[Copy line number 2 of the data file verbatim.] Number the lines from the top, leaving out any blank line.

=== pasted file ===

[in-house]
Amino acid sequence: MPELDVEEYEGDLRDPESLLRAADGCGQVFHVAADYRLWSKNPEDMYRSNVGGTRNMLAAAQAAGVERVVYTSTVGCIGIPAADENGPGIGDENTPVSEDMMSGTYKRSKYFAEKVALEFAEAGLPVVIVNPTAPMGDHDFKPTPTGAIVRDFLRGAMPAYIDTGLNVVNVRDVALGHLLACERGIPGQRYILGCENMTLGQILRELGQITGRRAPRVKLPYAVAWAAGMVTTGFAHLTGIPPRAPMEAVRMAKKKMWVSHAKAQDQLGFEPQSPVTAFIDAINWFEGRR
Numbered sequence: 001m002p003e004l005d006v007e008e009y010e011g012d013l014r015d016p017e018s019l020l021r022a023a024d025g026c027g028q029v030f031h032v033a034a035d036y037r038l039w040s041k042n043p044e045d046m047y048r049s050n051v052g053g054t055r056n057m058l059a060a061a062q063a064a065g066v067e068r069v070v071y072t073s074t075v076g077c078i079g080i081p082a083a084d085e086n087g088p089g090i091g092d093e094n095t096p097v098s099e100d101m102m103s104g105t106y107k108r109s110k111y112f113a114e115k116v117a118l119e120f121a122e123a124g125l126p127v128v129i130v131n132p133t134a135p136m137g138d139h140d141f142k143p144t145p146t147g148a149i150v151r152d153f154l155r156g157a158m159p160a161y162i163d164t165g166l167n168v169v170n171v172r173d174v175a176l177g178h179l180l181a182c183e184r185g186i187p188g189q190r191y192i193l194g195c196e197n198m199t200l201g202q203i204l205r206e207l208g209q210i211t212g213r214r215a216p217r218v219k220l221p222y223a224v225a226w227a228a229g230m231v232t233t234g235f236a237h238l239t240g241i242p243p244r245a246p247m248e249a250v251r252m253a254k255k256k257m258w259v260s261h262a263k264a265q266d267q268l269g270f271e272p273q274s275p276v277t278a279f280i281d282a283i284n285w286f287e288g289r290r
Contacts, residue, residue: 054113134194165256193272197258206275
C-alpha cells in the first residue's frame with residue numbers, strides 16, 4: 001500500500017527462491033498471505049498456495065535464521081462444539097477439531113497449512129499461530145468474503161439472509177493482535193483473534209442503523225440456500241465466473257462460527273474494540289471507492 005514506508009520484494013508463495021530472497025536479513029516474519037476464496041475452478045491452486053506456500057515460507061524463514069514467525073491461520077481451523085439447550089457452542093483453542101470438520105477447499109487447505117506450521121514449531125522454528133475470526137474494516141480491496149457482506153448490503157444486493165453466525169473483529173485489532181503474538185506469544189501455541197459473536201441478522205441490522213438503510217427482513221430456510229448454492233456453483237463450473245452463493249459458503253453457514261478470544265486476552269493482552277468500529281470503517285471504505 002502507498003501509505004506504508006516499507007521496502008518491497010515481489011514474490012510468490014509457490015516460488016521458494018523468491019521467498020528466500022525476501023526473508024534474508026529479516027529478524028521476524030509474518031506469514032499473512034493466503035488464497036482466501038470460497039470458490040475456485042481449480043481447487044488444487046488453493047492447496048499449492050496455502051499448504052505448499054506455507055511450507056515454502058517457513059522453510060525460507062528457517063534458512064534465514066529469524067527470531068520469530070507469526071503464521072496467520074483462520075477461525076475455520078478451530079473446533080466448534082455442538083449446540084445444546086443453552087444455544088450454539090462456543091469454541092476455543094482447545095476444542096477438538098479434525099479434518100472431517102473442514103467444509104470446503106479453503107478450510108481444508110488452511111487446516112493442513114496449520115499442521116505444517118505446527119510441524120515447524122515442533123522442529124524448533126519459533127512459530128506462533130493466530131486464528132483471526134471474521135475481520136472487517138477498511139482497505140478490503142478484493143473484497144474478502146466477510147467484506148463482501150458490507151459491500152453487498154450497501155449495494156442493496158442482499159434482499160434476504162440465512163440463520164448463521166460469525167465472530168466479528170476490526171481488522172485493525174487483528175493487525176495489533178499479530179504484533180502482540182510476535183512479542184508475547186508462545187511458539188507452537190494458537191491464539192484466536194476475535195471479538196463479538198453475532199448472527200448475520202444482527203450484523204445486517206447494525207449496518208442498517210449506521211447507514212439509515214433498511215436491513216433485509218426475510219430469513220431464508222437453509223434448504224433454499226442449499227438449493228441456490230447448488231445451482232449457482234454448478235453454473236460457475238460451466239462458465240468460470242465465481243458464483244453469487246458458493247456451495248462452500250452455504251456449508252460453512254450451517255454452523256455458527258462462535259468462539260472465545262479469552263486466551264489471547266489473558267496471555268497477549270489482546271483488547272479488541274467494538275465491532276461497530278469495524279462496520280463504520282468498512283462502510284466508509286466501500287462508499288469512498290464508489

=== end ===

Amino acid sequence: MPELDVEEYEGDLRDPESLLRAADGCGQVFHVAADYRLWSKNPEDMYRSNVGGTRNMLAAAQAAGVERVVYTSTVGCIGIPAADENGPGIGDENTPVSEDMMSGTYKRSKYFAEKVALEFAEAGLPVVIVNPTAPMGDHDFKPTPTGAIVRDFLRGAMPAYIDTGLNVVNVRDVALGHLLACERGIPGQRYILGCENMTLGQILRELGQITGRRAPRVKLPYAVAWAAGMVTTGFAHLTGIPPRAPMEAVRMAKKKMWVSHAKAQDQLGFEPQSPVTAFIDAINWFEGRR